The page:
The impact your clothing has on the environment has made sustainability in fashion topical - and for good reason. Until now, the fashion industry has had a bad reputation when it comes to producing sustainable garments in their business models. As a result, they aren’t showing their commitment to saving the planet. 

But this state of affairs is in flux – these days, the buzzword ‘sustainable fashion’ is on everybody’s lips. Aware that our world needs a greener future, the fashion industry is trying to find ways to help make this a possibility. 

Let’s take a look at the future of environmental sustainability in fashion…

What is sustainability in fashion today?

Everything we do has an impact on the environment – and what we wear is no exception. The way we manufacture fast fashion garments has long had a negative impact on the environment. Statistics show that the fashion industry alone is responsible for between 4 to 10% of greenhouse gas emissions year on year. This is why sustainability in fashion is so important.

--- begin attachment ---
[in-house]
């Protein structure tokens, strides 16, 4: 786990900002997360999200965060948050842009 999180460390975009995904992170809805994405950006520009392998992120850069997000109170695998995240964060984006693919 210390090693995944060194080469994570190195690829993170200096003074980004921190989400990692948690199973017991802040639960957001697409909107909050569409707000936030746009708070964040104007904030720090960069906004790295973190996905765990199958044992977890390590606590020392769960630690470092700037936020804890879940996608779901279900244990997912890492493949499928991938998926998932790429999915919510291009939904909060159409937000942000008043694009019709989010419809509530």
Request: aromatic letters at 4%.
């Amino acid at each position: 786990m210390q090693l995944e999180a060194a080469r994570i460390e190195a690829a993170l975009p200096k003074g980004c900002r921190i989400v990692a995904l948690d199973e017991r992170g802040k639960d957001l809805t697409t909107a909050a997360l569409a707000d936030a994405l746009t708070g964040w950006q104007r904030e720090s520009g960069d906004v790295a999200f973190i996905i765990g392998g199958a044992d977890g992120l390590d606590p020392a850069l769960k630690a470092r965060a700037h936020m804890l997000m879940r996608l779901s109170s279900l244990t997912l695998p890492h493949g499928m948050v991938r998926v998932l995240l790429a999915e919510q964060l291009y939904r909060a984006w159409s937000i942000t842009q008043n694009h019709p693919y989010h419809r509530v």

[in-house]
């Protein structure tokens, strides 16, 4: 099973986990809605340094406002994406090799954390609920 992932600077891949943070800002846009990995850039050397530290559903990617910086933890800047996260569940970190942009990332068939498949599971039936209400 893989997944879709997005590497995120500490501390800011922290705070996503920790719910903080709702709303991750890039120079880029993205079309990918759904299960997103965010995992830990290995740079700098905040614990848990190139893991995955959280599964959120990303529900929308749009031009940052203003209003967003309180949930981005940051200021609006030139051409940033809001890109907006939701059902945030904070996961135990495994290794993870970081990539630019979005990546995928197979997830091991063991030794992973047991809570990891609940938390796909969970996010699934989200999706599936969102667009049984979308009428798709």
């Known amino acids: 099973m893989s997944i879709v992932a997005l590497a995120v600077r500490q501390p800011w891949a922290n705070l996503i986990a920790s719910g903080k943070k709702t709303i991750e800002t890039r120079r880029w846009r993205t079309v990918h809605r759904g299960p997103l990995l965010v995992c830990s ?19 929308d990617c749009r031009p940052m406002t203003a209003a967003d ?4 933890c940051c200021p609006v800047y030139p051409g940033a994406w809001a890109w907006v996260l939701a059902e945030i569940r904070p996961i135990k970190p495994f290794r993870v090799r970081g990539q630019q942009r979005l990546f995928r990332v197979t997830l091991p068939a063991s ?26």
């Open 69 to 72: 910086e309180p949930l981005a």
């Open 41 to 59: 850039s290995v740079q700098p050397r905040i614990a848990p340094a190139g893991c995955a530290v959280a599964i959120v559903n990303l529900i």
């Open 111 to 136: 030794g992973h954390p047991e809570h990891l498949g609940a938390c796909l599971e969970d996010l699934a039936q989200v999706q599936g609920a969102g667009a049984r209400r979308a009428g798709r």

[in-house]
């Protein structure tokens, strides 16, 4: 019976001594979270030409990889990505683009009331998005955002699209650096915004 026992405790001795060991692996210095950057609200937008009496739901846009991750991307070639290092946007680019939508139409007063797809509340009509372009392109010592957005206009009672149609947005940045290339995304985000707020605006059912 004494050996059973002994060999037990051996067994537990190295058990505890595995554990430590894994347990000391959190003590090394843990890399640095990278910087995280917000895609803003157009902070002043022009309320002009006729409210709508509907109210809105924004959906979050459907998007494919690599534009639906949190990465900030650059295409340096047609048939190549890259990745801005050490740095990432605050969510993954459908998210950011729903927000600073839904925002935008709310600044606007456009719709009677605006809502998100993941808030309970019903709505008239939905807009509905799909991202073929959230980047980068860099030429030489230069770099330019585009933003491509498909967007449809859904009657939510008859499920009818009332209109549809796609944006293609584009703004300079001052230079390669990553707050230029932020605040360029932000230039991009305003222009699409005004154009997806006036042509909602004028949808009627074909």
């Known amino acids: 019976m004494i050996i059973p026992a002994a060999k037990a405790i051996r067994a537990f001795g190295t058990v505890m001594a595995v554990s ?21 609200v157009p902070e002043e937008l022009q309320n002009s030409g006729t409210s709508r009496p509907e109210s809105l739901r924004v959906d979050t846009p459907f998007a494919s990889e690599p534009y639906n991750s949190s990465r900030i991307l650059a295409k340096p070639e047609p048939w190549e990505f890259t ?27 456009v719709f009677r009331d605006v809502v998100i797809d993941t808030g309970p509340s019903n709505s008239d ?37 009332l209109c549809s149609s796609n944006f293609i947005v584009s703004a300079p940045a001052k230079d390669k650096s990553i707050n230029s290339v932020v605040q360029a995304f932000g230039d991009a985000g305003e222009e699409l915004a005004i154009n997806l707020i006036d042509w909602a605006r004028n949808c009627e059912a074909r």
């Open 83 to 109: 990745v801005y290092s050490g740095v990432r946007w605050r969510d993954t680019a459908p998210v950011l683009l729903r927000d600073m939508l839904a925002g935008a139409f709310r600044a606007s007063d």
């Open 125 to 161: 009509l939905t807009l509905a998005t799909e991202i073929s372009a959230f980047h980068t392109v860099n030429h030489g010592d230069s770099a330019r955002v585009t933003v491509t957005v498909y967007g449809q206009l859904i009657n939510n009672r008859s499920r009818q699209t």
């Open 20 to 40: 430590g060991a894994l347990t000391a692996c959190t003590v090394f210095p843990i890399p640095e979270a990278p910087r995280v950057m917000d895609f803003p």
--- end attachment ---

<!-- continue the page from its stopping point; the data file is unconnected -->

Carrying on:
In a study carried out by McKinsey, it says: “The fashion industry emits about the same quantity of greenhouse gases per year as the entire economies of France, Germany and the United Kingdom combined.”

These shocking statistics are the reason people frown upon the fashion industry. As a result, some brands have done their utmost to make a difference by practising ‘carbon offsetting’ (reducing or removing the greenhouse gas and carbon emissions to reduce their carbon footprints). 

In a nutshell, sustainable fashion means manufacturing and buying clothes in a sustainable way (a method that protects the environment and garment workers at the same time). 

The way people do this is by cutting emissions (eg by restoring forests) and reducing waste and pollution. It's also important to support biodiversity (protect every life form on the planet) and ensure that we pay people who work in the industry a fair salary and make sure they work in safe conditions.